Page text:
Reprinted from Gush Shalom
"THE BEST lack all convictions, while the worst -- Are full of passionate intensity!"
Is there a better description of what is happening in Israel now?
Yet these words were written, almost a hundred years ago, by the Irish poet W. B. Yeats.
YEATS WAS writing shortly after the terrible slaughter and destruction of World War I. He believed that the world was coming to an end, and expected the second coming of the Messiah.
As part of the chaos, he foresaw in the same poem that "the center cannot hold." I believe he took this metaphor from the battlefields of former ages, when the opposing armies were arrayed in two lines facing each other, with the main force in the center, and the two flanks protecting it.
In a classic battle, each side tried to destroy one of the flanks of the enemy in order to encircle the center and attack it. As long as the center held, the battle was undecided.
In Israel, as in most modern democracies, the center is composed of two or more establishment parties, slightly left and slightly right. The leftist is the classic Labor party, now hiding behind the name "Zionist Camp" (which automatically excludes the Arab minority, some 20% of the electorate.) The rightist is the Likud, the present incarnation of the old "Revisionist" party founded nearly 100 years ago by Vladimir Jabotinsky, a liberal nationalist, in the Italian Risorgimento style.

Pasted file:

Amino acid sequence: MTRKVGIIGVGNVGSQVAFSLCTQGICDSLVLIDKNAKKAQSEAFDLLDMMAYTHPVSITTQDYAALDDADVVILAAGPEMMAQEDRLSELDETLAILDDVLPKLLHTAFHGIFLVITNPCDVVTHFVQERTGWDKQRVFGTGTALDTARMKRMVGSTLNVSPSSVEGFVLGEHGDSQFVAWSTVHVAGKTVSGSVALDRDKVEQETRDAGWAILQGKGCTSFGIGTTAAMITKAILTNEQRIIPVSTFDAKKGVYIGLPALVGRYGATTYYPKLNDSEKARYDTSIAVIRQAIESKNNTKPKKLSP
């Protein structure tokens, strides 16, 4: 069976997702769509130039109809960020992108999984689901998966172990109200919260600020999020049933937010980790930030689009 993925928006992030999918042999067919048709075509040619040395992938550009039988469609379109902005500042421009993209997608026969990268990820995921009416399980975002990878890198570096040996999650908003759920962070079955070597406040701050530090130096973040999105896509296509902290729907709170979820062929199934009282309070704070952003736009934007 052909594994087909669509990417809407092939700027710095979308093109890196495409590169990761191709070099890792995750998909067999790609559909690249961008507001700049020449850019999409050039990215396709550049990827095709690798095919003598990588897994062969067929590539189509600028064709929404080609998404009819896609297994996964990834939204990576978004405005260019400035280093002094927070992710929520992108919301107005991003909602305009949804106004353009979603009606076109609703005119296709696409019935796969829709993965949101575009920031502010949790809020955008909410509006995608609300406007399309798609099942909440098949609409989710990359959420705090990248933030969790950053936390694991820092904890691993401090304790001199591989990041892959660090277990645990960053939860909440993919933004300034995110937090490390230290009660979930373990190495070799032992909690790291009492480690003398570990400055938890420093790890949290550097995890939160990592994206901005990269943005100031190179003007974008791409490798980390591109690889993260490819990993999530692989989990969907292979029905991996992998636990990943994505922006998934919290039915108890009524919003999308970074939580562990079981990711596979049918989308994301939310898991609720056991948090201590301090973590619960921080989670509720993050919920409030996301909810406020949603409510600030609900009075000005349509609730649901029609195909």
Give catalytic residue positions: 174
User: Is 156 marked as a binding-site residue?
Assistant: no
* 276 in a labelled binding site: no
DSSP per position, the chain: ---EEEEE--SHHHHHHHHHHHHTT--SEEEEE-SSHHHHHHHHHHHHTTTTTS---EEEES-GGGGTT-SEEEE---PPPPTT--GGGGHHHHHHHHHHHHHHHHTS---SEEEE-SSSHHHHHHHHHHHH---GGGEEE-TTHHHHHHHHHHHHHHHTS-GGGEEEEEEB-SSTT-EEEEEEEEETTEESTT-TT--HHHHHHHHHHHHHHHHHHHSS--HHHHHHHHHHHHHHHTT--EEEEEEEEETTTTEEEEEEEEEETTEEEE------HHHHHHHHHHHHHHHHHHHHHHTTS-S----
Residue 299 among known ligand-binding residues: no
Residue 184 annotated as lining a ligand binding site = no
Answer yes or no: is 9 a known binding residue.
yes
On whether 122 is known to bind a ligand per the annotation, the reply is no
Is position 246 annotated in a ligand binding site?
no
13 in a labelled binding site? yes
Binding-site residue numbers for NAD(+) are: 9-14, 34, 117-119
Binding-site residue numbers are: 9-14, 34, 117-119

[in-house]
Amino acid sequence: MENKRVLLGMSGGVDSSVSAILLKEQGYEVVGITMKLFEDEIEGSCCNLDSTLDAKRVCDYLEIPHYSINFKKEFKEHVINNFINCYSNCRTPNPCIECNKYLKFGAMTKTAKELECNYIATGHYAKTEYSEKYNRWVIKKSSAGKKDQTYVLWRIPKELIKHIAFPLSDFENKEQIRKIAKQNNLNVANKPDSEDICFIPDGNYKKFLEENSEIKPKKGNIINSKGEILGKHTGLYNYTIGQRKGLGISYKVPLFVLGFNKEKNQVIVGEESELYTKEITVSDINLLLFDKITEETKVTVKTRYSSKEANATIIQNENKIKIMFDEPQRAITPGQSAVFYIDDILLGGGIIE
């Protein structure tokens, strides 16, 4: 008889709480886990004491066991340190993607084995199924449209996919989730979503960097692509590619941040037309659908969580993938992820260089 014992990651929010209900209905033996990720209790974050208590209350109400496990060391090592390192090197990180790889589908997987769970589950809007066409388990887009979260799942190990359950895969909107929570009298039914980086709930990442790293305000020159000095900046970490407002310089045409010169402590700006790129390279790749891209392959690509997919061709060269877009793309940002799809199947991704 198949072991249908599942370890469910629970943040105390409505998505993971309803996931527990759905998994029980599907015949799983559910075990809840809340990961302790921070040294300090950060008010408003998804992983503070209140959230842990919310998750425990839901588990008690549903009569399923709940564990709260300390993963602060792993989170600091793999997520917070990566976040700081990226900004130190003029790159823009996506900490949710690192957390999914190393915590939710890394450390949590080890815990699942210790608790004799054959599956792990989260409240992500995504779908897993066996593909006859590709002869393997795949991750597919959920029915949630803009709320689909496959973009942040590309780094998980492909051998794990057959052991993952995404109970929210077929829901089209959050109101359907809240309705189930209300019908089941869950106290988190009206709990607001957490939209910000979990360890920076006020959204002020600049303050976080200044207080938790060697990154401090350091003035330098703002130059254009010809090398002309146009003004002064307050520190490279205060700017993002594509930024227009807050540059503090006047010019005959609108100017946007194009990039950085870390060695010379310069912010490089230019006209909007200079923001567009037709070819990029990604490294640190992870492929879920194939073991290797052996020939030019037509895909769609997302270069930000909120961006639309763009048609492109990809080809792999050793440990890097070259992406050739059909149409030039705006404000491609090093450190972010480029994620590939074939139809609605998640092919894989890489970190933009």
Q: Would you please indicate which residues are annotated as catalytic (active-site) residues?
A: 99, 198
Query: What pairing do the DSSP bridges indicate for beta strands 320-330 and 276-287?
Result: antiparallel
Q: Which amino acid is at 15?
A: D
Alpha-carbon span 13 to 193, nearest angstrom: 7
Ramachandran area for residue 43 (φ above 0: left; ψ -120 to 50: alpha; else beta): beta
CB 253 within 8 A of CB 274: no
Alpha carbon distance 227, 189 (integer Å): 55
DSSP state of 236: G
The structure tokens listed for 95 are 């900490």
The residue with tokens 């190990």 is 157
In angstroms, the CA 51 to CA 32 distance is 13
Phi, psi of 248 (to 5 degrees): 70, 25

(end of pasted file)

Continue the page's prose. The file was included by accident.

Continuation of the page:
This was the Israeli center, supported by some conjuncture-born parties.
It ruled Israel since the day of its founding. One party constituted the government, the other acted as the loyal opposition, and they swapped roles every few years, as they should in a decent democracy.
On the "flanks" there were the Arab Parties (now united under duress), the small but principled Meretz on the left, and several religious and proto-Fascist parties on the right.
It was a "normal" set-up, like that in many other democratic countries.
ON THE center-left, a mood of resignation and defeat prevails. The old party has fallen into the hands of a number of political dwarfs, whose quarrels among themselves obliterate all its other functions.
The present leader, Yitzhak Herzog, the scion of a good family, carries by law the glorious title of "Leader of the Opposition," but doesn't even know what opposition is. Some call his party "Likud 2." On all the vital subjects -- such as peace with the Palestinian people and the Arab world, social justice, human rights, democracy, separation between state and religion, corruption -- the party is mute. For all practical purposes, it is moribund or worse.
"The best lack all conviction," as Yeats lamented. The best elements of Israeli society are dispirited, defeated, mute.
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